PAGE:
Bonnie Eisenman bio photo

Bonnie Eisenman

Software engineer, author, knitter, Esperantist. Member of NYC Resistor and author of Learning React Native.

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I’m going to be participating in the Recurse Center one week mini-batch in January. Recurse Center describes itself as “a self-directed, community-driven educational retreat for programmers in New York City.” For the mini-batch, my proposed project was to 1. learn some lisp and 2. generate SVGs of jigsaw puzzles, for laser cutting.

Why these projects?

I’ve been wanting to learn Lisp for a while, because I thought that it would be a different kind of problem-solving experience - I like making my brain bend and the Lispers I know have different problem-solving instincts than me. I was also curious about it from a historical POV. Apparently it’s been around since the 1950s? Though I guess that depends on which dialect we’re talking about; Common Lisp, which is what I’m learning, dates from the 1980s.

Why generate SVGs? Because it’s relatively straightforward (I’ve done SVG generation before) and learning how to print things is a standard newbie-programmer task. Also, I adore generative art, and I love puzzles. I was heavily inspired by the work of inconvergent and nervous systems.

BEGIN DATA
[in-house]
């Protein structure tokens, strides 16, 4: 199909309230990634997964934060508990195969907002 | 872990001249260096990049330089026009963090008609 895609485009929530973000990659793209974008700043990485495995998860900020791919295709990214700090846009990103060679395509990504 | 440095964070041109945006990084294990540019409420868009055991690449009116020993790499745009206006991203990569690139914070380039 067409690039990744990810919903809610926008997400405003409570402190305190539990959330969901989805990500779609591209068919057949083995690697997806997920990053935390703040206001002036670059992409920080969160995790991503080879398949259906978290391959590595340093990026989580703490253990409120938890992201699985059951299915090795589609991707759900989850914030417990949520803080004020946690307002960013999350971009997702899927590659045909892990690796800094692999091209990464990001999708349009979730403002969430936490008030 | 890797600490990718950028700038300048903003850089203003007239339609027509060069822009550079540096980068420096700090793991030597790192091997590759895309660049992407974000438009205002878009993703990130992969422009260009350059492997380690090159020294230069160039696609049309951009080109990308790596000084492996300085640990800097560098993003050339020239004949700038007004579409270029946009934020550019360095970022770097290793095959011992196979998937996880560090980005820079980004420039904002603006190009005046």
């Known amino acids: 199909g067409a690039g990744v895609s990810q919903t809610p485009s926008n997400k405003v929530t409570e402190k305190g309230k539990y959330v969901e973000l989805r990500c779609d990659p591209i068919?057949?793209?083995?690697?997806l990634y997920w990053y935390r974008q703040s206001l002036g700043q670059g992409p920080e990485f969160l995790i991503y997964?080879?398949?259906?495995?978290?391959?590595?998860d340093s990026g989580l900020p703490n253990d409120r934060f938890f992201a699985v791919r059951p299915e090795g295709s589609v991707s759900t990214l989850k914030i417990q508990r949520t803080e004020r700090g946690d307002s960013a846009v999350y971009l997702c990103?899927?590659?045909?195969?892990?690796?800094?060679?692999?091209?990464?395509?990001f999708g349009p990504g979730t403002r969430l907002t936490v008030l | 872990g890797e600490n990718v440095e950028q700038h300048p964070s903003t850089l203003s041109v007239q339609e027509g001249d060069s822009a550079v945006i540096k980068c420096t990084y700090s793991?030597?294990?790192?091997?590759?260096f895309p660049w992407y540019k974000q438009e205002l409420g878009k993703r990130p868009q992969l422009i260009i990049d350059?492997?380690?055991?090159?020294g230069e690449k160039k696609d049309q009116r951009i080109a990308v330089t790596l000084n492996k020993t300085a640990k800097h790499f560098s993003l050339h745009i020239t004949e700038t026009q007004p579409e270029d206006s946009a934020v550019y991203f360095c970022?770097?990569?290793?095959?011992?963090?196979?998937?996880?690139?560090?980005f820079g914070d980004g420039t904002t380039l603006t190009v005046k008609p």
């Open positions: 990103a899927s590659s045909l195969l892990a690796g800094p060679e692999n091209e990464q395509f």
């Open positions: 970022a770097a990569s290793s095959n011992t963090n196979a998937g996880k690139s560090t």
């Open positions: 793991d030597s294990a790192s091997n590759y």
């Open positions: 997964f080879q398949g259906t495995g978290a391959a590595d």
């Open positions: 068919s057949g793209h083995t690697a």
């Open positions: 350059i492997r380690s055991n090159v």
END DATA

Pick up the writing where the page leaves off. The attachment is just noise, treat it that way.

This post isn’t about jigsaw puzzles, though, it’s about my first experiences learning Lisp. Here are some jumbled thoughts!

I’m following The Land of Lisp. The book is…hrm. Interesting. I grumbled about it on Twitter. First of all, the illustrations are adorable.

The pedagogical approach of the book also works really well for me - I enjoyed following along with the beginning exercises. Ideologically, though, I’m a bit annoyed. The book spends a lot of time assuring you that Lisp is “beautiful” and “pure” and “elegant”, and also warning you that Lispers can be judgmental assholes, though it doesn’t use those words. Arrrgh.

The clisp REPL also includes this somewhat baffling ASCII art, which I kind of love:

Anyway, here are some unordered musings:

  • In Lisp, you can get the head of a list with a function named CAR (Contents of the Address Register) and the remainder with CDR (Contents of the Decrement Register). Look, they even have a Wiki page. I’m given to understand that many modern Lisps just call these FIRST and REST or some such English-language thing. I think it’s pretty interesting that 1. they compose well and 2. you can’t just get the nth element of a list.

  • Relatedly, implementing my own randselect function looked like this:

(defun randselect (somelist)
    ((n (length somelist)))
    (car (nthcdr (random n) somelist))
  • How on earth does performance work in this language? I’m super curious.

  • I want to make tongue twisters out of cadddraddadar. No, seriously, it’s adorable that you would name a function after the actual registers involved but I think this is one of those, uh, historical quirks that shows Lisp’s age. Someone sent me a link to this HackerNews discussion which actually seemed quite reasonable all-around.